“Since the principles of physics hold everywhere in the entire universe, magic is conceivably a cosmological entertainment, with the wonder induced by theatrical illusions available to and appreciated by all, regardless of planetary system. Accordingly the original plaque placed aboard the Pioneer spacecraft for extraterrestrial scrutiny billions of years from now might have escaped from its conspicuously anthropocentric gestures by showing instead the universally familiar Amazing Levitation Trick.”
In 1917, Marcel Duchamp submitted an ordinary porcelain urinal signed “R. Mutt” for an exhibition of the Society of Independent Artists in New York. Duchamp described his intent with the piece was to shift the focus of art from physical craft to intellectual interpretation. Philosopher Stephen Hicks wrote in 2004: “In selecting the urinal, his message was clear: Art is something you piss on.” Well, I don’t think pissing on the electrical box near the World Headquarters would be a good idea.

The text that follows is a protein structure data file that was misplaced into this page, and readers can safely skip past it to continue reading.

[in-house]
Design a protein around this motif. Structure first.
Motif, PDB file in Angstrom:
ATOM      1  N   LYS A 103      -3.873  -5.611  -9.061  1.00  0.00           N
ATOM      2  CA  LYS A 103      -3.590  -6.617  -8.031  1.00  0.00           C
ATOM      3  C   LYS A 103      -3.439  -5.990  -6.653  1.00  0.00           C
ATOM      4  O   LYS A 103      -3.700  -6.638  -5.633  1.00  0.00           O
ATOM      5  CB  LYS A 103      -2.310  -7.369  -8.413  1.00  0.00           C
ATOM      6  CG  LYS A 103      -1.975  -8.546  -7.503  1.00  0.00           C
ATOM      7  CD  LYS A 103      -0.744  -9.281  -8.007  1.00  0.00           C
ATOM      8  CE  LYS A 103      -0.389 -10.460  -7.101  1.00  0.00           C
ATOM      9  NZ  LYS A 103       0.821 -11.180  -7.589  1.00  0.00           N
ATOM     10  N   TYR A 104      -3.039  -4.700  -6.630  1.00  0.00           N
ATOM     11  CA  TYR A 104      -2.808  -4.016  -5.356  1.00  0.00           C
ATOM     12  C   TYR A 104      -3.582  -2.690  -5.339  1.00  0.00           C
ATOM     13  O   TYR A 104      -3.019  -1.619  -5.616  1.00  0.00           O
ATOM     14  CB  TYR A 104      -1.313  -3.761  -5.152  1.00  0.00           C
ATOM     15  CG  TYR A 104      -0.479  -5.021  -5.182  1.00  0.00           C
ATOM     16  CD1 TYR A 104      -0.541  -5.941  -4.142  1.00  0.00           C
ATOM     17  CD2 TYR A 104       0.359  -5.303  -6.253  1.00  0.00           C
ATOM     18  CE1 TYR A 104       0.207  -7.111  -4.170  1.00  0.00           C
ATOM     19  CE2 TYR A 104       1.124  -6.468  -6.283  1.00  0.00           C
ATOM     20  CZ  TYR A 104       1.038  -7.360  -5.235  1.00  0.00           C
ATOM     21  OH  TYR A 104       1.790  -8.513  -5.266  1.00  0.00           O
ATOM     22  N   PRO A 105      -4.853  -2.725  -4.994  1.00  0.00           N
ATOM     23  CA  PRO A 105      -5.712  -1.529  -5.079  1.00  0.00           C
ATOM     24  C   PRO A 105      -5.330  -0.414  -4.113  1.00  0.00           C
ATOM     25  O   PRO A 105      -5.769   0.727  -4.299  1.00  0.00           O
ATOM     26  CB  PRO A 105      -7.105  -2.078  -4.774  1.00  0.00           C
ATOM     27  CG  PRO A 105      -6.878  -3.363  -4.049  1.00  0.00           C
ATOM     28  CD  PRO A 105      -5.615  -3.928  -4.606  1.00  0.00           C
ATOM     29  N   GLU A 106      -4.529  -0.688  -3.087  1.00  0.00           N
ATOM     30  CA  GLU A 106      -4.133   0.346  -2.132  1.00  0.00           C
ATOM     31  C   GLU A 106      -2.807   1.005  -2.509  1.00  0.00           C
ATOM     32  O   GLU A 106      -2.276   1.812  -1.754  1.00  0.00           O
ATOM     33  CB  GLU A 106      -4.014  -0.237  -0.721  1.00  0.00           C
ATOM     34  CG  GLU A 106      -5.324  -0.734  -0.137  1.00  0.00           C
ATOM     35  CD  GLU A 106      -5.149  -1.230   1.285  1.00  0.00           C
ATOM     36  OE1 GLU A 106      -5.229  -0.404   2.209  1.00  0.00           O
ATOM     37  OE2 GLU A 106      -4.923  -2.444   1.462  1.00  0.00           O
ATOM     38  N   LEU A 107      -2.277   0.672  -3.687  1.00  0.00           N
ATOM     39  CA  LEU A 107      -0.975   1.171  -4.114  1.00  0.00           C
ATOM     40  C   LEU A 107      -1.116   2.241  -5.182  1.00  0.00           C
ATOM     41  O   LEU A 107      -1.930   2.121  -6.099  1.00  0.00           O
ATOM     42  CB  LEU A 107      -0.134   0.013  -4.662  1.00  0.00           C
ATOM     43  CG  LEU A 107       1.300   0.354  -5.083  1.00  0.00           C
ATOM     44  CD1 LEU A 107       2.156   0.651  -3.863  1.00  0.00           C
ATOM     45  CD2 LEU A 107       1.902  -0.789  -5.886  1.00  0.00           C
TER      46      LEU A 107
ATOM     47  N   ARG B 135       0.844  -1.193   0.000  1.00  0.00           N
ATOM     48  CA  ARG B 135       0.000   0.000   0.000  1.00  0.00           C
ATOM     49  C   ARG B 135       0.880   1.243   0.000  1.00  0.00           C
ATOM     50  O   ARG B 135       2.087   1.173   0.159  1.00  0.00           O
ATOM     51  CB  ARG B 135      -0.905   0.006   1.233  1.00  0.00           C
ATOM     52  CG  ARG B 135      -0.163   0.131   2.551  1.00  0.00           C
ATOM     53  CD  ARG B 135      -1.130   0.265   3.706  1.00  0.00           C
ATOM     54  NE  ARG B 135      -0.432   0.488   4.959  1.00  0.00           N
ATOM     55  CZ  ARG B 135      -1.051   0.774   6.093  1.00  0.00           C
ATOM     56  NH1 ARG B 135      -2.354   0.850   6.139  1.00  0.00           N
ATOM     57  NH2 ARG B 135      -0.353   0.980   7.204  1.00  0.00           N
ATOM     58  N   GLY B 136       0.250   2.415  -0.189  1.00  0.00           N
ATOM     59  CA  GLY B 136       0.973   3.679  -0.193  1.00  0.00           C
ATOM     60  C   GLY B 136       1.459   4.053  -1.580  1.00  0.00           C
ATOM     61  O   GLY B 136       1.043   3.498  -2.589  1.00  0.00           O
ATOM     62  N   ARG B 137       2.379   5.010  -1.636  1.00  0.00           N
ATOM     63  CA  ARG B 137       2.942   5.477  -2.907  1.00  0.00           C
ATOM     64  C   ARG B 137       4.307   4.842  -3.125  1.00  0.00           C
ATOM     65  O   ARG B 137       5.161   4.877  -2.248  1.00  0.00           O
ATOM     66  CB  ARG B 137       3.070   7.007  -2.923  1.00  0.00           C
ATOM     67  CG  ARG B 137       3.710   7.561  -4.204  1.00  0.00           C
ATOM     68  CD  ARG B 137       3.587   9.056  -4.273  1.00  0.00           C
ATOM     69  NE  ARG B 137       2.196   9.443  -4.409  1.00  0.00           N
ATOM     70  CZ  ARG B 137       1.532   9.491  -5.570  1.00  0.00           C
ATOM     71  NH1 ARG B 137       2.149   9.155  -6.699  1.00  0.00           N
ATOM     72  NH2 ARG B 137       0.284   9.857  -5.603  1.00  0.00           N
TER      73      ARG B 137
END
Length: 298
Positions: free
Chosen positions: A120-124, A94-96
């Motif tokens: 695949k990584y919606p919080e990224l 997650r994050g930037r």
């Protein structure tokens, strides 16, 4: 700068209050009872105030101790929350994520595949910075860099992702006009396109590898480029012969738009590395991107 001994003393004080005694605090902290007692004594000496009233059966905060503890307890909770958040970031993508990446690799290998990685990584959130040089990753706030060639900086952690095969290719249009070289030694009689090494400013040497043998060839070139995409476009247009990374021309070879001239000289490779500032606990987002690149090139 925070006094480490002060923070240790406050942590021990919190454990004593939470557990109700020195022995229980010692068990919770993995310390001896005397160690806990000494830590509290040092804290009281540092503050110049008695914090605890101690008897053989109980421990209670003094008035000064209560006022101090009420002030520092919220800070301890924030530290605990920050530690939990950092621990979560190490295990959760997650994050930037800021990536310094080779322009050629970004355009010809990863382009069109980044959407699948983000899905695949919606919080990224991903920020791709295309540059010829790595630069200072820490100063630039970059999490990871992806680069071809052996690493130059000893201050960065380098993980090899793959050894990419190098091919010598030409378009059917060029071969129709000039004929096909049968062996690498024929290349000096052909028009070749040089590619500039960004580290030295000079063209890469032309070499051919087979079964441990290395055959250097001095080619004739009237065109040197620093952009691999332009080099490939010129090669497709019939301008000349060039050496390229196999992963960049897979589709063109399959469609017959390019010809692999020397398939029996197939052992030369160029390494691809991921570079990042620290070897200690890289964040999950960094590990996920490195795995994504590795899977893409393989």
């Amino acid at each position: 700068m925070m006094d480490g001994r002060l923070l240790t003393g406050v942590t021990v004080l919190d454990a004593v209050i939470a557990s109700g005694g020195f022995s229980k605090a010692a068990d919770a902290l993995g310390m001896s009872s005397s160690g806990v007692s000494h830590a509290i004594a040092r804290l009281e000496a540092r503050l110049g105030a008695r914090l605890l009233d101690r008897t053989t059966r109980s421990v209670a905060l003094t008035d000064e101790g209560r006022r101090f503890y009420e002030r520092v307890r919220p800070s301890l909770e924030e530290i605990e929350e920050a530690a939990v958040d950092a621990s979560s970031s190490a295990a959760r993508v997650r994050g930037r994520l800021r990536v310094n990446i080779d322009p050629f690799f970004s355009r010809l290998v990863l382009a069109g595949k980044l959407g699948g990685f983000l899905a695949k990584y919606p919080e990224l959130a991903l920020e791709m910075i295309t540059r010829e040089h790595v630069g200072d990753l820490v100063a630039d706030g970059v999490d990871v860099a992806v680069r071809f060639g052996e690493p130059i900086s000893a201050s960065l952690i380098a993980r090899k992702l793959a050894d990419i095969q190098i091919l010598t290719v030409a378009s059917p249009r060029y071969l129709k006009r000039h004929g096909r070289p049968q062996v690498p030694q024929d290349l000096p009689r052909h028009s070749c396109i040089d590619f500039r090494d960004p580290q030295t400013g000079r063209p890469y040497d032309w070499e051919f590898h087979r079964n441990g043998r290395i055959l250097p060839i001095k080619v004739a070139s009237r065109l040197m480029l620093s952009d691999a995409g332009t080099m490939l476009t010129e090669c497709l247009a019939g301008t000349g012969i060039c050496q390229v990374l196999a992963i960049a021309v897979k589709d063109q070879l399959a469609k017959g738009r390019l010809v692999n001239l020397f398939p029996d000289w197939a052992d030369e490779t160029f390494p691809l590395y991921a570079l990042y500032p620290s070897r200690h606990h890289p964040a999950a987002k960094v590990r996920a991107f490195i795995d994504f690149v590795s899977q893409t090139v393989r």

ET in his essay The Cognitive Art of Feynman Diagrams: